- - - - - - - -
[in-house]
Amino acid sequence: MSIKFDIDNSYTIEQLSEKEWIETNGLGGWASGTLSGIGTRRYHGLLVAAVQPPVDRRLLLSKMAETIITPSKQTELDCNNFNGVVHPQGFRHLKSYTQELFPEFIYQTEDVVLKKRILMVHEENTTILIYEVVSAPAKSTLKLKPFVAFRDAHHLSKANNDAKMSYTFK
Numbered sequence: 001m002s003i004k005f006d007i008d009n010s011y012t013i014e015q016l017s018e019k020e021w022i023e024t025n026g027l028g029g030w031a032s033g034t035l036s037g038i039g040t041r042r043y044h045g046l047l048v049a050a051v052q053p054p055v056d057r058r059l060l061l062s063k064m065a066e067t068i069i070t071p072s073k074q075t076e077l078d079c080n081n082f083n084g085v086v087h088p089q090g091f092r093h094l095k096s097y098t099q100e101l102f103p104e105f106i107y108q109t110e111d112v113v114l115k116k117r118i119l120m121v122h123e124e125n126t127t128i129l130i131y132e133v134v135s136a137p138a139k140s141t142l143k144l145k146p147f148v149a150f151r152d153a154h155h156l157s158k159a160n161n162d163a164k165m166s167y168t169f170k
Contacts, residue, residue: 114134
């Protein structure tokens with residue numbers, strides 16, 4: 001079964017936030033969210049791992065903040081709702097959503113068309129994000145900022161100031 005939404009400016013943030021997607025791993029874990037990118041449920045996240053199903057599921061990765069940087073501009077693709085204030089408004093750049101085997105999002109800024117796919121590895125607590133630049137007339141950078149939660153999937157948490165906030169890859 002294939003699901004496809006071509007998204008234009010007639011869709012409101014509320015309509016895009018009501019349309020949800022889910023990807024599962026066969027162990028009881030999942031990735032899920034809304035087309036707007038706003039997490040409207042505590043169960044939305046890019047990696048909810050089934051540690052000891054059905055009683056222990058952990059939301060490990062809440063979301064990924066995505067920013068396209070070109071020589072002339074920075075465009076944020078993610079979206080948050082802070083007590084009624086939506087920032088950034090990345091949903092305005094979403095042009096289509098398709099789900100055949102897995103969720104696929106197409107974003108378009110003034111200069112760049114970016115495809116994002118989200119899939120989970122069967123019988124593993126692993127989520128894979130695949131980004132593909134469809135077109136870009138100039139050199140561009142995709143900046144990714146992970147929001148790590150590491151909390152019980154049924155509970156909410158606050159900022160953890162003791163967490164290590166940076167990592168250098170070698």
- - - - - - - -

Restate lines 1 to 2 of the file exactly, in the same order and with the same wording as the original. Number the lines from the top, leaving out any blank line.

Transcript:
[in-house]
Amino acid sequence: MSIKFDIDNSYTIEQLSEKEWIETNGLGGWASGTLSGIGTRRYHGLLVAAVQPPVDRRLLLSKMAETIITPSKQTELDCNNFNGVVHPQGFRHLKSYTQELFPEFIYQTEDVVLKKRILMVHEENTTILIYEVVSAPAKSTLKLKPFVAFRDAHHLSKANNDAKMSYTFK